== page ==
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$1.5 million grant will help the International Institute resettle more Afghan refugees

The International Institute has received a $1.5 million grant to help it settle Afghan refugees in St. Louis.

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An International Institute volunteer loads a truck with donations of household goods for Afghan refugees. More than 800 volunteers have assisted with the International Institute's effort to relocate 1,000 people.

Pershing Charitable Trust donated the money, which will go toward basic expenses for Afghan refugees like food, furniture and rent.

Its gift was a response to the International Institute’s request to the St. Louis community for a total of $3.5 million in donations, not just for basic expenses but also for developing transitional housing, offering job training and other projects.

“It’s more than just resettlement,” International Institute President Arrey Obenson said of his organization’s goals. “It’s really helping the Afghans succeed in this community. The next step is education and also career development and loans, because we want to get them into the workforce.”

St. Louis Mayor Tishaura Jones said in August that the city would accept 1,000 refugees, following the collapse of the U.S.-supported government in Afghanistan at the hands of Taliban fighters. The refugees are families of U.S. allies who qualified for special visas by working alongside American troops in Afghanistan.

Business leaders joined Jones in welcoming the refugees. “The people and families from Afghanistan should come to St. Louis with the knowledge that they are coming to a welcoming community that wants to see them thrive, succeed and add to the fabric of our region,” Jason Hall, CEO of Greater St. Louis Inc., said at the time.

After about two months of soliciting donations and recruiting volunteers, International Institute workers have begun resettling Afghan refugees quickly. The agency welcomed 61 people last week and at least another 123 this week, Obenson said. The organization had never settled more than 99 people in a single week before.

More than 800 volunteers are involved, packing up items like housewares and toiletries for eventual use by Afghan refugees. The International Institute also has received $60,000 in donated gift cards, nearly half of which it already has distributed.

“Too often we focus on the things that are wrong with our community and we fail to see what’s right. And if there’s a moment when we can celebrate this community, this is the time,” Obenson said. “Because we couldn't be here without the community standing up in the way that they have.”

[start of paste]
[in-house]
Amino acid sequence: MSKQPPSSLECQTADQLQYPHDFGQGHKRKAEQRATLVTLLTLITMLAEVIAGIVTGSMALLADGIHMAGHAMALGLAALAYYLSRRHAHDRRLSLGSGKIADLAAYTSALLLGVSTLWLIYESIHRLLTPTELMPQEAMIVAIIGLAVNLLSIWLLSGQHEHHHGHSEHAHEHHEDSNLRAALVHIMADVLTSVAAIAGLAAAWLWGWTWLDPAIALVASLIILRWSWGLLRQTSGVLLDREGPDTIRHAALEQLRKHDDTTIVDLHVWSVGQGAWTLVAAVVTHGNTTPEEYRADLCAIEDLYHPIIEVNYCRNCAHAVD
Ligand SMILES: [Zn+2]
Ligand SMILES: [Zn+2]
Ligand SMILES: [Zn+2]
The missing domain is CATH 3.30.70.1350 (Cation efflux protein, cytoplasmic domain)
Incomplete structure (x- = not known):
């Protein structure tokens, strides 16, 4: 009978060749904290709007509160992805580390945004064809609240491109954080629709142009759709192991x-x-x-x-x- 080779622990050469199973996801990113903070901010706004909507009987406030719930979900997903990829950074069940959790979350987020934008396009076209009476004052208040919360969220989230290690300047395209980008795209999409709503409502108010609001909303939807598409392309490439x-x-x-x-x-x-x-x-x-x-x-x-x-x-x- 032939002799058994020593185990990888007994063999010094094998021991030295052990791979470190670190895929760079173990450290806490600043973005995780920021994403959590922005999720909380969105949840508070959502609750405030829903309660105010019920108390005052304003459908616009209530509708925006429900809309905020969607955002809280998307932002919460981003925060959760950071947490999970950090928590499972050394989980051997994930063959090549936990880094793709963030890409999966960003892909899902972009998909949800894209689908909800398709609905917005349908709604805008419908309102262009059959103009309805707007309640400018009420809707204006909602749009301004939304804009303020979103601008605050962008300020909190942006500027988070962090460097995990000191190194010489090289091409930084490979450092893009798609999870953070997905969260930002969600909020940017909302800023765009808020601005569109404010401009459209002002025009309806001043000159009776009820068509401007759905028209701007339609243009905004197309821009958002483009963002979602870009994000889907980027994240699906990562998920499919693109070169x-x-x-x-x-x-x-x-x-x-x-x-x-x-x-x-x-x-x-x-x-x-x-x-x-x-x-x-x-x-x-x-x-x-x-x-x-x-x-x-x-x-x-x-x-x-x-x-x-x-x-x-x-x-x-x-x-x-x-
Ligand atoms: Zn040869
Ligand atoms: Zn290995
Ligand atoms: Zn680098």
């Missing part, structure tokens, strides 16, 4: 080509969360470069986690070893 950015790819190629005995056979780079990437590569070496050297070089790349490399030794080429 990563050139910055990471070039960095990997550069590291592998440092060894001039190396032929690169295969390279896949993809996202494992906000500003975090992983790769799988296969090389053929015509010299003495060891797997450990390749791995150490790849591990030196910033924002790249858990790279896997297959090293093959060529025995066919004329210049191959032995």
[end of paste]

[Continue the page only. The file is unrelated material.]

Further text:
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International Institute of St. Louis
International Institute President Arrey Obenson says his agency will resettle more refugees this week than it has in any single week.

International Institute officials are circulating a detailed request for donations among private foundations and other grant-makers. In it, the organization states that the federal government reimbursement for 1,000 refugees will come to more than $1.1 million, less than half of what the agency needs.

The $1.5 million grant from Pershing Charitable Trust will cover most of that gap. But the International Institute is also looking to build up its capacity to help it respond to this and future crises, after scaling down its staff during the administration of former President Donald Trump, who issued an executive order halting immigration from several Muslim-majority countries shortly after taking office in 2017.

Last year, the International Institute helped about 135 refugees start new lives in St. Louis, down from 1,000 in 2016. The refugee total stayed relatively low in part because of travel restrictions related to the coronavirus pandemic.

A recent $200,000 donation from the Lutheran Foundation will fund IT upgrades for the International Institute's office and two new staff positions. Commerce Bank and Enterprise Holdings each donated $150,000, Obenson said.

“It really makes us a better, stronger organization that can respond to needs as time goes on. It makes us become more sustainable — that’s the word — as an organization,” Obenson said.

International Institute leaders would also like to convert a former convent on its property into transitional housing for 60 to 80 refugees, a project they estimate will cost at least $350,000.

Follow Jeremy on twitter: @jeremydgoodwin

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